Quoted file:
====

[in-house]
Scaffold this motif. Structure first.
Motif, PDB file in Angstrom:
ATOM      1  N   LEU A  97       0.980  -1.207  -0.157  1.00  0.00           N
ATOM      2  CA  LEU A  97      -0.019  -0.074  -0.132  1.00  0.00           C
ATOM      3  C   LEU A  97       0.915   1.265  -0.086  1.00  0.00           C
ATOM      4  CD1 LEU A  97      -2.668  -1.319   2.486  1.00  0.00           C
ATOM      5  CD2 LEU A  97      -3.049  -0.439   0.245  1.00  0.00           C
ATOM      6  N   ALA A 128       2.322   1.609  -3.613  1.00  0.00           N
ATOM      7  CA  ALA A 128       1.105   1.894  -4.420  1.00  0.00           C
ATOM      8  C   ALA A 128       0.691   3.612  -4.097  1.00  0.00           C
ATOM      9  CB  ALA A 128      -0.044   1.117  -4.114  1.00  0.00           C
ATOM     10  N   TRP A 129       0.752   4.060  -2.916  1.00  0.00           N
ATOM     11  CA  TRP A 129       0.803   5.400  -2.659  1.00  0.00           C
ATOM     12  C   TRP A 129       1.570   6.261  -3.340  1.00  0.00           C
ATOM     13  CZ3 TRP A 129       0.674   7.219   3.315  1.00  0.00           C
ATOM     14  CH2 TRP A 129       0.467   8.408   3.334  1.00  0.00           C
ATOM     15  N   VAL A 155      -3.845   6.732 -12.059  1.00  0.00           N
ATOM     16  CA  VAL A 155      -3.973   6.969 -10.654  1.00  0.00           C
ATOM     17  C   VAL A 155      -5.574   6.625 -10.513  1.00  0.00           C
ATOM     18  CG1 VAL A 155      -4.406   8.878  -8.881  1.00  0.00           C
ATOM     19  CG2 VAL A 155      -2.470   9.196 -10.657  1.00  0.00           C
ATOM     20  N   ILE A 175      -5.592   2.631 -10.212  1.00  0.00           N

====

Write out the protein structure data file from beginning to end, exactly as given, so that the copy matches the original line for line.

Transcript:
[in-house]
Scaffold this motif. Structure first.
Motif, PDB file in Angstrom:
ATOM      1  N   LEU A  97       0.980  -1.207  -0.157  1.00  0.00           N
ATOM      2  CA  LEU A  97      -0.019  -0.074  -0.132  1.00  0.00           C
ATOM      3  C   LEU A  97       0.915   1.265  -0.086  1.00  0.00           C
ATOM      4  CD1 LEU A  97      -2.668  -1.319   2.486  1.00  0.00           C
ATOM      5  CD2 LEU A  97      -3.049  -0.439   0.245  1.00  0.00           C
ATOM      6  N   ALA A 128       2.322   1.609  -3.613  1.00  0.00           N
ATOM      7  CA  ALA A 128       1.105   1.894  -4.420  1.00  0.00           C
ATOM      8  C   ALA A 128       0.691   3.612  -4.097  1.00  0.00           C
ATOM      9  CB  ALA A 128      -0.044   1.117  -4.114  1.00  0.00           C
ATOM     10  N   TRP A 129       0.752   4.060  -2.916  1.00  0.00           N
ATOM     11  CA  TRP A 129       0.803   5.400  -2.659  1.00  0.00           C
ATOM     12  C   TRP A 129       1.570   6.261  -3.340  1.00  0.00           C
ATOM     13  CZ3 TRP A 129       0.674   7.219   3.315  1.00  0.00           C
ATOM     14  CH2 TRP A 129       0.467   8.408   3.334  1.00  0.00           C
ATOM     15  N   VAL A 155      -3.845   6.732 -12.059  1.00  0.00           N
ATOM     16  CA  VAL A 155      -3.973   6.969 -10.654  1.00  0.00           C
ATOM     17  C   VAL A 155      -5.574   6.625 -10.513  1.00  0.00           C
ATOM     18  CG1 VAL A 155      -4.406   8.878  -8.881  1.00  0.00           C
ATOM     19  CG2 VAL A 155      -2.470   9.196 -10.657  1.00  0.00           C
ATOM     20  N   ILE A 175      -5.592   2.631 -10.212  1.00  0.00           N